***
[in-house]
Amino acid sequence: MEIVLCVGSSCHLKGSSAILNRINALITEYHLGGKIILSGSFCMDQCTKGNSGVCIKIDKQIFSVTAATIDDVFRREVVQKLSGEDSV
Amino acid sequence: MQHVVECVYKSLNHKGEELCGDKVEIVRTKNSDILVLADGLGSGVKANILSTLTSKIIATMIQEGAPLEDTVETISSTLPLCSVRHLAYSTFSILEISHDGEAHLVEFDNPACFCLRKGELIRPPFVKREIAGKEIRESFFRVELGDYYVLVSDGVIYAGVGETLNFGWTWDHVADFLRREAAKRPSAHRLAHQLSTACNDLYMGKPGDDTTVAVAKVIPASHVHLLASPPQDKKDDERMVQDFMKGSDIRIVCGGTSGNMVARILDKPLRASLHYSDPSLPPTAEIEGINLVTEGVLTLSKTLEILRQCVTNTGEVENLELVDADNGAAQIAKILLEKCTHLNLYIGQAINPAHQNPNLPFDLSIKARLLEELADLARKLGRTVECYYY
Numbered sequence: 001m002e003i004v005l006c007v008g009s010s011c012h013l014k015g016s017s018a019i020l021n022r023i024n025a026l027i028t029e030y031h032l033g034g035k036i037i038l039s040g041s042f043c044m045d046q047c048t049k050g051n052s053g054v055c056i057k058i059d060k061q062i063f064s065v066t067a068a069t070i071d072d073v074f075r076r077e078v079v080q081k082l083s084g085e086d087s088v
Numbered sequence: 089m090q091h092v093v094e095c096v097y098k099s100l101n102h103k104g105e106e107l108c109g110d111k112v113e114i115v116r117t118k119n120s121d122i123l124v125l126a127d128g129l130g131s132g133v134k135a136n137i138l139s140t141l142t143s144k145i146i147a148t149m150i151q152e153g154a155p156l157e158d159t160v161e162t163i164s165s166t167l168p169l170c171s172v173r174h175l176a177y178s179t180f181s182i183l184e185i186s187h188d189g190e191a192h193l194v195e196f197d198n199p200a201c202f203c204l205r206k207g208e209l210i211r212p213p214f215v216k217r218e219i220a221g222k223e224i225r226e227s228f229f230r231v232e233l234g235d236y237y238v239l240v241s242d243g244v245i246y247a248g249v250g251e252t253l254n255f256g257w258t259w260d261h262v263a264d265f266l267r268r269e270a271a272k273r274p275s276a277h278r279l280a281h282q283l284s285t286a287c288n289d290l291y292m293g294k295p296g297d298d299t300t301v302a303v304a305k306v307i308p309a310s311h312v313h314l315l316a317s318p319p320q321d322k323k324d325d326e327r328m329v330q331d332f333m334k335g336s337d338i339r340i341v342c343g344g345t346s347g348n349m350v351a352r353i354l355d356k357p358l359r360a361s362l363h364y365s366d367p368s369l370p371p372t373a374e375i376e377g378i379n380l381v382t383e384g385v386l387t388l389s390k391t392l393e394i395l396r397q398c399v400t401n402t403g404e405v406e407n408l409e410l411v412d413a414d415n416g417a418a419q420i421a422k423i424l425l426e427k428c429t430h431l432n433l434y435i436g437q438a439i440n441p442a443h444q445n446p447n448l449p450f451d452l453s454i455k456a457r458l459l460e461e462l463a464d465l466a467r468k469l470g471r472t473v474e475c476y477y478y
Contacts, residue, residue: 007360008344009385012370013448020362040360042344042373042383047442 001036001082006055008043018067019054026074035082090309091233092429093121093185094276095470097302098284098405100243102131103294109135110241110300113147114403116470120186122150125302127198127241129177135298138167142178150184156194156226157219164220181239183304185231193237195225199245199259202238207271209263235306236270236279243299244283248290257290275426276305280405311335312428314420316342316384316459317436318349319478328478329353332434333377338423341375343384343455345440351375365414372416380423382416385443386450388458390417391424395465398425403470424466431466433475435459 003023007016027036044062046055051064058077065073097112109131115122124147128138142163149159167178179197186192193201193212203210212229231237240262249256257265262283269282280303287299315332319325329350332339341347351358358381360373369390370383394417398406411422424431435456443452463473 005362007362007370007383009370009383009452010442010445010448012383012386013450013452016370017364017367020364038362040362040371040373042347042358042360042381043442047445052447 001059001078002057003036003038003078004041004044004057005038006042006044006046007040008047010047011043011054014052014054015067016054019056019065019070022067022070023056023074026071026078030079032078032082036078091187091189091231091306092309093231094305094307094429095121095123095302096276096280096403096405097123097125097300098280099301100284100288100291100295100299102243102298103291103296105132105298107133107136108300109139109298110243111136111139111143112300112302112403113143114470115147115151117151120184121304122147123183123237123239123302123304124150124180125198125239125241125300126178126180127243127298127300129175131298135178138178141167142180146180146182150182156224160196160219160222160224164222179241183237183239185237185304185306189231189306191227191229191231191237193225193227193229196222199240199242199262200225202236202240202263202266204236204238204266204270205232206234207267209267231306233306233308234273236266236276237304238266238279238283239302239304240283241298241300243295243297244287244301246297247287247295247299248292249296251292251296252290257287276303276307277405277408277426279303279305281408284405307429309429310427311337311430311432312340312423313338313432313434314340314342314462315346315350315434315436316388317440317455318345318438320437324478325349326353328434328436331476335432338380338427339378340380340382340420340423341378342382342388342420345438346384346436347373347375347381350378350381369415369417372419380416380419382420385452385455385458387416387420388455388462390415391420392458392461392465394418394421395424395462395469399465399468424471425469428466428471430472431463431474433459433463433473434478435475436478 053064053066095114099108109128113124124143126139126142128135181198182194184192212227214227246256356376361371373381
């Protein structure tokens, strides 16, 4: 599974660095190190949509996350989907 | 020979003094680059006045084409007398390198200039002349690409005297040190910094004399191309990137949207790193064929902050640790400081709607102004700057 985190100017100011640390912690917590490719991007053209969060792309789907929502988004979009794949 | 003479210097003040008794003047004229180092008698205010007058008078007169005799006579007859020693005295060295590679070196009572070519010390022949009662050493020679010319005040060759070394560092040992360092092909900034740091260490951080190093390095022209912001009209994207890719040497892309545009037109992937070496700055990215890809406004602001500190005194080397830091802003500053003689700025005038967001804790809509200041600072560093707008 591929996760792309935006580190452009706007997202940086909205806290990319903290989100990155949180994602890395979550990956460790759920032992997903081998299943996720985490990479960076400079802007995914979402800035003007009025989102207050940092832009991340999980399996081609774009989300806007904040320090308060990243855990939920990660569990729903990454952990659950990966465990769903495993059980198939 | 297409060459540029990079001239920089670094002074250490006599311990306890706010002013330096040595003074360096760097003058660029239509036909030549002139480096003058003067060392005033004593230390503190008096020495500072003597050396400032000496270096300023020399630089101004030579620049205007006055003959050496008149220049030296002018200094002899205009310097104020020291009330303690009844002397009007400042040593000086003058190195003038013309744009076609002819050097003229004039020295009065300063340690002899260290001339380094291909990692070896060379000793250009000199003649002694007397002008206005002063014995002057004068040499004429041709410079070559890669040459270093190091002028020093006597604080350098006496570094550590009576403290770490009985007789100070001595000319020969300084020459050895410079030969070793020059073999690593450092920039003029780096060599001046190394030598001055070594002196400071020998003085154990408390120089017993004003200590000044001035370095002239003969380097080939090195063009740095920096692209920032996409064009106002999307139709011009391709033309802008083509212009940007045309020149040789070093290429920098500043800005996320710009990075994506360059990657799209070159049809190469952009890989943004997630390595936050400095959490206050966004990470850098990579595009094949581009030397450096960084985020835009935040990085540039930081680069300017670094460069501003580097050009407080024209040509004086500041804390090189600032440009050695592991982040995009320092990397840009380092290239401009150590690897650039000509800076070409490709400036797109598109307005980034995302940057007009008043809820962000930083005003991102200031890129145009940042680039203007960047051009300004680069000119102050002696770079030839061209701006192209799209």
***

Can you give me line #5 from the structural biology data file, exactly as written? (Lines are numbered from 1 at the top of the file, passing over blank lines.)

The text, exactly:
Numbered sequence: 089m090q091h092v093v094e095c096v097y098k099s100l101n102h103k104g105e106e107l108c109g110d111k112v113e114i115v116r117t118k119n120s121d122i123l124v125l126a127d128g129l130g131s132g133v134k135a136n137i138l139s140t141l142t143s144k145i146i147a148t149m150i151q152e153g154a155p156l157e158d159t160v161e162t163i164s165s166t167l168p169l170c171s172v173r174h175l176a177y178s179t180f181s182i183l184e185i186s187h188d189g190e191a192h193l194v195e196f197d198n199p200a201c202f203c204l205r206k207g208e209l210i211r212p213p214f215v216k217r218e219i220a221g222k223e224i225r226e227s228f229f230r231v232e233l234g235d236y237y238v239l240v241s242d243g244v245i246y247a248g249v250g251e252t253l254n255f256g257w258t259w260d261h262v263a264d265f266l267r268r269e270a271a272k273r274p275s276a277h278r279l280a281h282q283l284s285t286a287c288n289d290l291y292m293g294k295p296g297d298d299t300t301v302a303v304a305k306v307i308p309a310s311h312v313h314l315l316a317s318p319p320q321d322k323k324d325d326e327r328m329v330q331d332f333m334k335g336s337d338i339r340i341v342c343g344g345t346s347g348n349m350v351a352r353i354l355d356k357p358l359r360a361s362l363h364y365s366d367p368s369l370p371p372t373a374e375i376e377g378i379n380l381v382t383e384g385v386l387t388l389s390k391t392l393e394i395l396r397q398c399v400t401n402t403g404e405v406e407n408l409e410l411v412d413a414d415n416g417a418a419q420i421a422k423i424l425l426e427k428c429t430h431l432n433l434y435i436g437q438a439i440n441p442a443h444q445n446p447n448l449p450f451d452l453s454i455k456a457r458l459l460e461e462l463a464d465l466a467r468k469l470g471r472t473v474e475c476y477y478y